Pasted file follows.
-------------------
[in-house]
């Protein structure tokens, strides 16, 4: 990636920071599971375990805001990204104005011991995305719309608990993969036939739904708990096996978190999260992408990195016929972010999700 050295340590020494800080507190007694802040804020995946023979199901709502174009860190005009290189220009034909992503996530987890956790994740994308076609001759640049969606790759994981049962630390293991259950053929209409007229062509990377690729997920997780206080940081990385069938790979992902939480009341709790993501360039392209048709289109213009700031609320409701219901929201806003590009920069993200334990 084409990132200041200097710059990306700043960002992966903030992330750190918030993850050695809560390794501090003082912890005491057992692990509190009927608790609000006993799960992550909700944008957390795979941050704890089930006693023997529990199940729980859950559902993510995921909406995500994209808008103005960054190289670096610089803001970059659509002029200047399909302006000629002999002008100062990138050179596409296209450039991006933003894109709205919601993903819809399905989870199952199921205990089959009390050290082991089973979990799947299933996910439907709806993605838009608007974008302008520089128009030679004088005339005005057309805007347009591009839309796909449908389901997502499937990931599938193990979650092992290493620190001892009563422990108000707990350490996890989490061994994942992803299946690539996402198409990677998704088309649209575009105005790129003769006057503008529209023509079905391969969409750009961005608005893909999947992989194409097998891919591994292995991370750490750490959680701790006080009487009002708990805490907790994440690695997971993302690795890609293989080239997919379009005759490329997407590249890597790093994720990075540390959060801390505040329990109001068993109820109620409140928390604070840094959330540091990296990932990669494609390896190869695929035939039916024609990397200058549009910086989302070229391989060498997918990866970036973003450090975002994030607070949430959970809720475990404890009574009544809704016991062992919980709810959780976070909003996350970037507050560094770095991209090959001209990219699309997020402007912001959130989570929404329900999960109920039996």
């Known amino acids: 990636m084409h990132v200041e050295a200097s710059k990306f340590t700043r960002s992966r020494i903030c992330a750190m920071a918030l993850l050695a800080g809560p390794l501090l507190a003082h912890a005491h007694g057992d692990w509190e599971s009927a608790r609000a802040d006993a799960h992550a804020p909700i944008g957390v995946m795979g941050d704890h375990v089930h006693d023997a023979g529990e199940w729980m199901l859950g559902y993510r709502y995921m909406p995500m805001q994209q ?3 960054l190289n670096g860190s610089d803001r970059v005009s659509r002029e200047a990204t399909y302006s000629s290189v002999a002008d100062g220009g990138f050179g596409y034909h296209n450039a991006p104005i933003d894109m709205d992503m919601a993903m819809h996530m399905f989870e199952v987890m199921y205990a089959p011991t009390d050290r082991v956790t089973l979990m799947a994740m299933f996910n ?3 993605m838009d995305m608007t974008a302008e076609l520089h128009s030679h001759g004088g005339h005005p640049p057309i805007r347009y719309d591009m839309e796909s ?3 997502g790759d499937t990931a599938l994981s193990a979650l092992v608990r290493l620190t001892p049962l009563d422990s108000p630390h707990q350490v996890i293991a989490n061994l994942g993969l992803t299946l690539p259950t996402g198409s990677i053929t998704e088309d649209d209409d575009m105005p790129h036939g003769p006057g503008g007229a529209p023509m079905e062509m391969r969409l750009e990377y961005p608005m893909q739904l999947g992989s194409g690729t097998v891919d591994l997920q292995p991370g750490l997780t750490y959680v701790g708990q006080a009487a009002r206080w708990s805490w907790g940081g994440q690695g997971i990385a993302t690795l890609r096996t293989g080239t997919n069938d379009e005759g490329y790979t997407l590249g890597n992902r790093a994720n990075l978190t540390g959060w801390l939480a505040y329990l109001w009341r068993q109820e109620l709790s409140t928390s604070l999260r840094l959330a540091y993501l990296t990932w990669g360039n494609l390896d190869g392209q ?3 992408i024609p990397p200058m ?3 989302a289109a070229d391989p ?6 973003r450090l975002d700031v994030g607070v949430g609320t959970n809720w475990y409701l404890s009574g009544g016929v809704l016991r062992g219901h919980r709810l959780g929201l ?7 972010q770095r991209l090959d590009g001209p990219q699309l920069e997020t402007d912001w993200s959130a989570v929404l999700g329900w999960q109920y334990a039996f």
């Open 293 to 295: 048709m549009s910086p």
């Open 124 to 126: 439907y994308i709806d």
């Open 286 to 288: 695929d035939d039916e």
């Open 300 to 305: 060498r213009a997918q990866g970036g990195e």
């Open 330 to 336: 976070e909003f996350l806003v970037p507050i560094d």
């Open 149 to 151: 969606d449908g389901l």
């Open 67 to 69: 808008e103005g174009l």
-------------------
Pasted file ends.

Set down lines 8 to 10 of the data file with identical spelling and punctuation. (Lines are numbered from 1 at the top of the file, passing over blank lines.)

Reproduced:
């Open 330 to 336: 976070e909003f996350l806003v970037p507050i560094d």
């Open 149 to 151: 969606d449908g389901l």
């Open 67 to 69: 808008e103005g174009l």